We live in a world of technology where the majority of the population make regular use of multiple electronic devices such as laptops, cell phones, tablets and TVâ€™s. Each electrical or electronic device has the potential to emit electromagnetic radiation and this radiation, in addition to the natural sources of electromagnetic radiation means that there is an ever increasing exposure to electromagnetic fields. It is invisible, we cannot see it, we cannot hear it but we may become aware of its presence as interference. If a cell phone for example is placed beside equipment such as speakers, we may hear a buzz or crackling from the speaker. This interference can be a nuisance but it can also have the potential to cause damage to equipment, cause it to function less effectively or render it useless. It becomes a much more serious problem if the electromagnetic fields cause difficulty for vital equipment such as life support machines in hospitals, security equipment or aviation equipment.
The interference is known as electromagnetic interference or EMI.
There are regulations in place for the manufacturers of devices which means that devices have to be able to withstand a certain amount of EMI without becoming damaged or disabled and in addition, the emissions from devices have to also be controlled. The process by which devices can work alongside each other is known as electromagnetic capability (EMC).
A process known as electromagnetic shielding is employed to allow devices to have that capability and metals such as copper, stainless steel, aluminium and zinc are employed for that purpose using a variety of techniques.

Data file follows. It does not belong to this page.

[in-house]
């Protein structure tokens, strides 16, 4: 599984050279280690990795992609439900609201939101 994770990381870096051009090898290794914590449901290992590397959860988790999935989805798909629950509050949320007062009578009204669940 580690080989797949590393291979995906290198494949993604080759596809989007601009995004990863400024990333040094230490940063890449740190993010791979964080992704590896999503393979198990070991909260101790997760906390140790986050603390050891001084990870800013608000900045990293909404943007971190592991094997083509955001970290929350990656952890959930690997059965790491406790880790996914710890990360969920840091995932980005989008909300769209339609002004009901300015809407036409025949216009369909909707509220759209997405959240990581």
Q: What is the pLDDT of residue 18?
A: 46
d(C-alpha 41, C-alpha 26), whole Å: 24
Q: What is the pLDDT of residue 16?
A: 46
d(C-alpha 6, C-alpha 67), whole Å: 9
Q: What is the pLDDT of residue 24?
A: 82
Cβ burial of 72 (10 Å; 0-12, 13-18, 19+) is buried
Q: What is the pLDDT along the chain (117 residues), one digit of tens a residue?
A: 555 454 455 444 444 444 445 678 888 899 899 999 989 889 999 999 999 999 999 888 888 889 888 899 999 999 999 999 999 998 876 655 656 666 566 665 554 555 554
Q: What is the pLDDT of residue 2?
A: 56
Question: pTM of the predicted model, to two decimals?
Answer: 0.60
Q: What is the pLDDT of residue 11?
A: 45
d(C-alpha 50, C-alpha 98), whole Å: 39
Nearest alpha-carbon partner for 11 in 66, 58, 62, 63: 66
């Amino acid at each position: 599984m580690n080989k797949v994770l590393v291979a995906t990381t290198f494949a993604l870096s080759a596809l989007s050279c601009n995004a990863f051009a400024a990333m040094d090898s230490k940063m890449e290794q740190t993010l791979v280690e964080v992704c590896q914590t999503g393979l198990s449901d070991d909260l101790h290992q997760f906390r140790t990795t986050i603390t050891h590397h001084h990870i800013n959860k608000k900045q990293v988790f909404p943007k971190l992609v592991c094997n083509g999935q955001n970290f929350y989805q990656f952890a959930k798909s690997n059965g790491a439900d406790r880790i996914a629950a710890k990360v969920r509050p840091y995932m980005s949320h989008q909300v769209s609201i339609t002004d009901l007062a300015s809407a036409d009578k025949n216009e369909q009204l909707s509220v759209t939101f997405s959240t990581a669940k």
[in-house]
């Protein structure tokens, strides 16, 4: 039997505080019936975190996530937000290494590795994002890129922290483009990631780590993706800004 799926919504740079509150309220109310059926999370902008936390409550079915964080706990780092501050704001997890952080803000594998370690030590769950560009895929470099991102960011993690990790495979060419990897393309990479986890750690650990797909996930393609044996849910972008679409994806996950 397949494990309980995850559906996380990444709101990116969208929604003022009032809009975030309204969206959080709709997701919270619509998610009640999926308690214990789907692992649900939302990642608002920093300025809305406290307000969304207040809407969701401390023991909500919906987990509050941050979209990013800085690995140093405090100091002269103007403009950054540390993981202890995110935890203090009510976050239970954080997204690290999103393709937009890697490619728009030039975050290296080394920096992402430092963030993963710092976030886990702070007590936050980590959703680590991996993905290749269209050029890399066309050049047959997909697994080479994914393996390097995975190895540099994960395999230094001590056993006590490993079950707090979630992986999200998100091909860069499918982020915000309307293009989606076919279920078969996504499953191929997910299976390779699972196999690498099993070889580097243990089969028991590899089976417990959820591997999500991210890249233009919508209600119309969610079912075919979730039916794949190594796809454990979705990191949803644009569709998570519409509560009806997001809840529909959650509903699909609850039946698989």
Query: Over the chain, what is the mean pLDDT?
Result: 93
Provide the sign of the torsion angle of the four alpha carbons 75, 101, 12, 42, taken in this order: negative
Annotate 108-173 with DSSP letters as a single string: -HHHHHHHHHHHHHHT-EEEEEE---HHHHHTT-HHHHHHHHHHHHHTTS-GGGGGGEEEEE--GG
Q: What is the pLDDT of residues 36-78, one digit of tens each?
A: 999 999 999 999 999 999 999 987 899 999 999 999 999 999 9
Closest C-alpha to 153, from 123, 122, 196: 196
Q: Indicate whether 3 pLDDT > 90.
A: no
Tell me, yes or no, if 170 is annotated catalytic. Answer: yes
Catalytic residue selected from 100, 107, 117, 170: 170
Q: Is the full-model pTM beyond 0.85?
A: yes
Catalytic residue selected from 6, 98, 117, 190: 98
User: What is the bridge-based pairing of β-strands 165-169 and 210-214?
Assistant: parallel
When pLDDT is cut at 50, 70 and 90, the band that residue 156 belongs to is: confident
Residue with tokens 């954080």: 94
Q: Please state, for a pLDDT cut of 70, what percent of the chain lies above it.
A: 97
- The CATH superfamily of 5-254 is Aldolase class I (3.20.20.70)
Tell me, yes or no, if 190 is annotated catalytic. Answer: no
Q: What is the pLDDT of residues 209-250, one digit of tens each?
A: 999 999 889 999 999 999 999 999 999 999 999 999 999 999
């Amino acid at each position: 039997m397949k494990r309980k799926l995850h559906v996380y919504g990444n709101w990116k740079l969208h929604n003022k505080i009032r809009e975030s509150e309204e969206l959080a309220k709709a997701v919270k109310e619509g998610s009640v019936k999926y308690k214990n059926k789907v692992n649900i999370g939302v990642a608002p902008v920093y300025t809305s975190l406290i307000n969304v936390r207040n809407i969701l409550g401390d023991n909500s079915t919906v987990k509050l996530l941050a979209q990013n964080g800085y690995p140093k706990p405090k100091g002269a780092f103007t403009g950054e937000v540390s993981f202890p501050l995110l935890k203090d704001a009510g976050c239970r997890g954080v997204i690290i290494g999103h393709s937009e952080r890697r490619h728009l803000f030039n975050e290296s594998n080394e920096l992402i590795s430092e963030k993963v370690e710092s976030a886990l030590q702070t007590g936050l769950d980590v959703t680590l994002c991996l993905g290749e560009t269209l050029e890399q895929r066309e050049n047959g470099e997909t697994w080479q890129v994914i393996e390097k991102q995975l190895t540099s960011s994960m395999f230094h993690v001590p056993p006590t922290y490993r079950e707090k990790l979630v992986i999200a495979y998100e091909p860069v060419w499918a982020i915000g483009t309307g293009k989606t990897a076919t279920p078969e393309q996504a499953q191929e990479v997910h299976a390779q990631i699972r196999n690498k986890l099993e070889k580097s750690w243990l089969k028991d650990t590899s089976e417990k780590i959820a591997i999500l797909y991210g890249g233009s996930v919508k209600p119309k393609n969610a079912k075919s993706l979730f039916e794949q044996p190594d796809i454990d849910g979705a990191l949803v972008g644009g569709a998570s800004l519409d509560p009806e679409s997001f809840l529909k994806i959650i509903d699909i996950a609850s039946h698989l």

EMI shielding is applied to various devices and care is taken to prevent the escape of EM energy not only into the environment but into the circuitry of the appliance itself. Consideration is often given to shielding the circuitry as well as the enclosure itself. Shielding is not visible as it is incorporated as part of the device within the internal system or outer casing.
In our path through life, we encounter many technologies and sophisticated examples of EMI shielding, consider the following 5 examples
Aeroplanes have to be able to communicate with the ground via sophisticated electronic equipment. A malfunction could have very serious consequences.
Vehicles are using more and more sophisticated pieces of electronics and the electronic components have to be protected from each other to prevent malfunction.
Life saving equipment and state of the art technological advances are evident throughout hospitals. Shielding has to be employed using a variety of techniques to protect the vital and very expensive pieces of technology. A malfunction could be life threatening.
Our devices such as laptops, cell phones and tablets contain shielding and that is becoming more and more essential as manufacturers continue to add more and more features into the equipment. The features involve circuitry and components which have to be shielded from each other to avoid damage to the device.
Military / Defence Equipment
Highly effective shielding techniques are employed in this sector to ensure our security and safety. Measures Â have to be taken to protect sensitive data.
Most manufacturers of equipment will now consider EMI shielding early on in the design process and are coming up with increasingly sophisticated methods of shielding using various materials and techniques. As our use of technology increases so does the need for better and more innovative shielding techniques.